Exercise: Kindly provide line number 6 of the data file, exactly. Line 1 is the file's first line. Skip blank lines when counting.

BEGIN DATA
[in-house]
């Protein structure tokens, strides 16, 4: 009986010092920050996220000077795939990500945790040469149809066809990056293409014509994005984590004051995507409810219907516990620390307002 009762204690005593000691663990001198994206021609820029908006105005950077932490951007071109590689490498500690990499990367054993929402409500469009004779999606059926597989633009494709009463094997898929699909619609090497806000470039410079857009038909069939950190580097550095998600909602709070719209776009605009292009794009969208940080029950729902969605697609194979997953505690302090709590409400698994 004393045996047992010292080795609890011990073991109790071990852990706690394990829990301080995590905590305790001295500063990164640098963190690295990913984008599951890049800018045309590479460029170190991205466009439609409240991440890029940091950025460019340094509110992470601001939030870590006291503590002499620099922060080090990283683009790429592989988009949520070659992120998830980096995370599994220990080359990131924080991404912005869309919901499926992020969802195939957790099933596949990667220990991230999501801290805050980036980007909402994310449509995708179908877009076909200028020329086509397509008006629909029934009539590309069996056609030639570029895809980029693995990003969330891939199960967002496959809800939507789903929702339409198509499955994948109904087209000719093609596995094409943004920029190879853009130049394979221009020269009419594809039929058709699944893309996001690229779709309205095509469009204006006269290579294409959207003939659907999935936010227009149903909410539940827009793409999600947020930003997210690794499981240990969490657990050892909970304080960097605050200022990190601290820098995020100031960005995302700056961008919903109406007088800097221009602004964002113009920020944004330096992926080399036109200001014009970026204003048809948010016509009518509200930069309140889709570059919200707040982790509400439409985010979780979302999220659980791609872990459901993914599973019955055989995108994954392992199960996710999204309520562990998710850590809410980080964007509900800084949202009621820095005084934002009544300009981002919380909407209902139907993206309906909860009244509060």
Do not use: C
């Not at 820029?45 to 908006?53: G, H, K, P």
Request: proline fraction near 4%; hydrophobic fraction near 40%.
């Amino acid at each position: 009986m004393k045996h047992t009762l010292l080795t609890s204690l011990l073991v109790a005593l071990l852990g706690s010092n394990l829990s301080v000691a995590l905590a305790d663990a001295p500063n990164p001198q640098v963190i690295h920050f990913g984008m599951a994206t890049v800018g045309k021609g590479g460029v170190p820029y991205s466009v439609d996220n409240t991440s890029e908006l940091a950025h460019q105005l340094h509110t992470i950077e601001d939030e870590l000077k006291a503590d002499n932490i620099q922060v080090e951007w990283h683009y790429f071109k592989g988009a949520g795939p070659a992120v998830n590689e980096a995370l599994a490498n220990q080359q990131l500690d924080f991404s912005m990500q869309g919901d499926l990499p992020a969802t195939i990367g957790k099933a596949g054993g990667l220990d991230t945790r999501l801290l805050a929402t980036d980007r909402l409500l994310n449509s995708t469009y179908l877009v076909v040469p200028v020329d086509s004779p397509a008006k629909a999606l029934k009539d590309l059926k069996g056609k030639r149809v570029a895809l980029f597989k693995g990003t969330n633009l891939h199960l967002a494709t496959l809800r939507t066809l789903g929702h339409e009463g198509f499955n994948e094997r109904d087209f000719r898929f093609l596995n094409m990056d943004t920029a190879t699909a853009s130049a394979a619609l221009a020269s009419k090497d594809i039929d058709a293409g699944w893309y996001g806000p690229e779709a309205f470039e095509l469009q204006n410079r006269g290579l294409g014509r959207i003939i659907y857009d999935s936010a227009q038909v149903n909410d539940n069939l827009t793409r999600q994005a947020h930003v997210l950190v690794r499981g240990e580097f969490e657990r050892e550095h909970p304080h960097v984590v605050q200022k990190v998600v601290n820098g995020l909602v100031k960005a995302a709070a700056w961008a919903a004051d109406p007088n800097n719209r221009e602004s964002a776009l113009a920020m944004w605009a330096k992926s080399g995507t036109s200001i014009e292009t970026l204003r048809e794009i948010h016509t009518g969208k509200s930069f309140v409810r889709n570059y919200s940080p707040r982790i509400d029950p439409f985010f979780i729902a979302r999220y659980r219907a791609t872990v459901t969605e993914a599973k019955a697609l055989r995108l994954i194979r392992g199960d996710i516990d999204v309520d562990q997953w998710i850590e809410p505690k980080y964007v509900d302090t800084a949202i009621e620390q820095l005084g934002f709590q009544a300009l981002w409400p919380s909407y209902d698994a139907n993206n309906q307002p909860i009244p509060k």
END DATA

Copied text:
């Amino acid at each position: 009986m004393k045996h047992t009762l010292l080795t609890s204690l011990l073991v109790a005593l071990l852990g706690s010092n394990l829990s301080v000691a995590l905590a305790d663990a001295p500063n990164p001198q640098v963190i690295h920050f990913g984008m599951a994206t890049v800018g045309k021609g590479g460029v170190p820029y991205s466009v439609d996220n409240t991440s890029e908006l940091a950025h460019q105005l340094h509110t992470i950077e601001d939030e870590l000077k006291a503590d002499n932490i620099q922060v080090e951007w990283h683009y790429f071109k592989g988009a949520g795939p070659a992120v998830n590689e980096a995370l599994a490498n220990q080359q990131l500690d924080f991404s912005m990500q869309g919901d499926l990499p992020a969802t195939i990367g957790k099933a596949g054993g990667l220990d991230t945790r999501l801290l805050a929402t980036d980007r909402l409500l994310n449509s995708t469009y179908l877009v076909v040469p200028v020329d086509s004779p397509a008006k629909a999606l029934k009539d590309l059926k069996g056609k030639r149809v570029a895809l980029f597989k693995g990003t969330n633009l891939h199960l967002a494709t496959l809800r939507t066809l789903g929702h339409e009463g198509f499955n994948e094997r109904d087209f000719r898929f093609l596995n094409m990056d943004t920029a190879t699909a853009s130049a394979a619609l221009a020269s009419k090497d594809i039929d058709a293409g699944w893309y996001g806000p690229e779709a309205f470039e095509l469009q204006n410079r006269g290579l294409g014509r959207i003939i659907y857009d999935s936010a227009q038909v149903n909410d539940n069939l827009t793409r999600q994005a947020h930003v997210l950190v690794r499981g240990e580097f969490e657990r050892e550095h909970p304080h960097v984590v605050q200022k990190v998600v601290n820098g995020l909602v100031k960005a995302a709070a700056w961008a919903a004051d109406p007088n800097n719209r221009e602004s964002a776009l113009a920020m944004w605009a330096k992926s080399g995507t036109s200001i014009e292009t970026l204003r048809e794009i948010h016509t009518g969208k509200s930069f309140v409810r889709n570059y919200s940080p707040r982790i509400d029950p439409f985010f979780i729902a979302r999220y659980r219907a791609t872990v459901t969605e993914a599973k019955a697609l055989r995108l994954i194979r392992g199960d996710i516990d999204v309520d562990q997953w998710i850590e809410p505690k980080y964007v509900d302090t800084a949202i009621e620390q820095l005084g934002f709590q009544a300009l981002w409400p919380s909407y209902d698994a139907n993206n309906q307002p909860i009244p509060k």